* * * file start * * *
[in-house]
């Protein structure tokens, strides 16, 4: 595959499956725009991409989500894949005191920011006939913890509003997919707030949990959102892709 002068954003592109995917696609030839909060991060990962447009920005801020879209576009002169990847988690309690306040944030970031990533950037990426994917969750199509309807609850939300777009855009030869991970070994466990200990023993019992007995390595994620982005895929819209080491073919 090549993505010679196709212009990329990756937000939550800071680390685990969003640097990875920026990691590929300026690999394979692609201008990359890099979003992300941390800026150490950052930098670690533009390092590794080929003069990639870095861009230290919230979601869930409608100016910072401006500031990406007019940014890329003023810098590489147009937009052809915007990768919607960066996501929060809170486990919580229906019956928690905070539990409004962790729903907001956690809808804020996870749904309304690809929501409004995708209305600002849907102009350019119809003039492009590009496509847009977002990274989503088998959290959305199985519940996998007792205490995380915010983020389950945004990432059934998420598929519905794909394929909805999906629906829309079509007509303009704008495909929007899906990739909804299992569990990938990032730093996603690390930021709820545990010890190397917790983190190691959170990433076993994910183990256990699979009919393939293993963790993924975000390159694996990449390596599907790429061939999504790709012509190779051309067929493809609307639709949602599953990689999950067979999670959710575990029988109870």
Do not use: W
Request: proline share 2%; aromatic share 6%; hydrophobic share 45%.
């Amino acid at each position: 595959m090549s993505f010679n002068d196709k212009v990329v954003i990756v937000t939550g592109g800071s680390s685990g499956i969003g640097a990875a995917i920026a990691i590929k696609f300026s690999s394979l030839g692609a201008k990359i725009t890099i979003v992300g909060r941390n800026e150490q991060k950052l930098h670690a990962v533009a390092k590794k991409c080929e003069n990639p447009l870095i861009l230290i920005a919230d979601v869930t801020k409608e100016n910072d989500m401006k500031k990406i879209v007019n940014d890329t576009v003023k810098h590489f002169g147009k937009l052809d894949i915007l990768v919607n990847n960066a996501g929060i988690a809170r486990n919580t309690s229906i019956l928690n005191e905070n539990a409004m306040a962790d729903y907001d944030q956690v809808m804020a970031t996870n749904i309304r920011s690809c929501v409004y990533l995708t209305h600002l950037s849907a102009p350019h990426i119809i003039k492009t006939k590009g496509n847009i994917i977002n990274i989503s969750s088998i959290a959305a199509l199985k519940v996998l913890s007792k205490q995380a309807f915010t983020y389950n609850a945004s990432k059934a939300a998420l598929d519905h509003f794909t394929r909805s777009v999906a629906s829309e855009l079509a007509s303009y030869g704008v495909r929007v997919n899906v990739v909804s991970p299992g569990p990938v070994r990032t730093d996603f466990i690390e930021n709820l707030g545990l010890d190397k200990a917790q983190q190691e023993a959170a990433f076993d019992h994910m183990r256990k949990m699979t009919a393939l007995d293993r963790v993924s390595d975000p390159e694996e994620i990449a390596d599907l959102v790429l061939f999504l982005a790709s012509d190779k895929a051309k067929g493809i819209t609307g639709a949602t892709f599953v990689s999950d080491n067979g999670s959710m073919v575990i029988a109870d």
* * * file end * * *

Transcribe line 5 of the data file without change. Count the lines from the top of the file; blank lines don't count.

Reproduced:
């Amino acid at each position: 595959m090549s993505f010679n002068d196709k212009v990329v954003i990756v937000t939550g592109g800071s680390s685990g499956i969003g640097a990875a995917i920026a990691i590929k696609f300026s690999s394979l030839g692609a201008k990359i725009t890099i979003v992300g909060r941390n800026e150490q991060k950052l930098h670690a990962v533009a390092k590794k991409c080929e003069n990639p447009l870095i861009l230290i920005a919230d979601v869930t801020k409608e100016n910072d989500m401006k500031k990406i879209v007019n940014d890329t576009v003023k810098h590489f002169g147009k937009l052809d894949i915007l990768v919607n990847n960066a996501g929060i988690a809170r486990n919580t309690s229906i019956l928690n005191e905070n539990a409004m306040a962790d729903y907001d944030q956690v809808m804020a970031t996870n749904i309304r920011s690809c929501v409004y990533l995708t209305h600002l950037s849907a102009p350019h990426i119809i003039k492009t006939k590009g496509n847009i994917i977002n990274i989503s969750s088998i959290a959305a199509l199985k519940v996998l913890s007792k205490q995380a309807f915010t983020y389950n609850a945004s990432k059934a939300a998420l598929d519905h509003f794909t394929r909805s777009v999906a629906s829309e855009l079509a007509s303009y030869g704008v495909r929007v997919n899906v990739v909804s991970p299992g569990p990938v070994r990032t730093d996603f466990i690390e930021n709820l707030g545990l010890d190397k200990a917790q983190q190691e023993a959170a990433f076993d019992h994910m183990r256990k949990m699979t009919a393939l007995d293993r963790v993924s390595d975000p390159e694996e994620i990449a390596d599907l959102v790429l061939f999504l982005a790709s012509d190779k895929a051309k067929g493809i819209t609307g639709a949602t892709f599953v990689s999950d080491n067979g999670s959710m073919v575990i029988a109870d």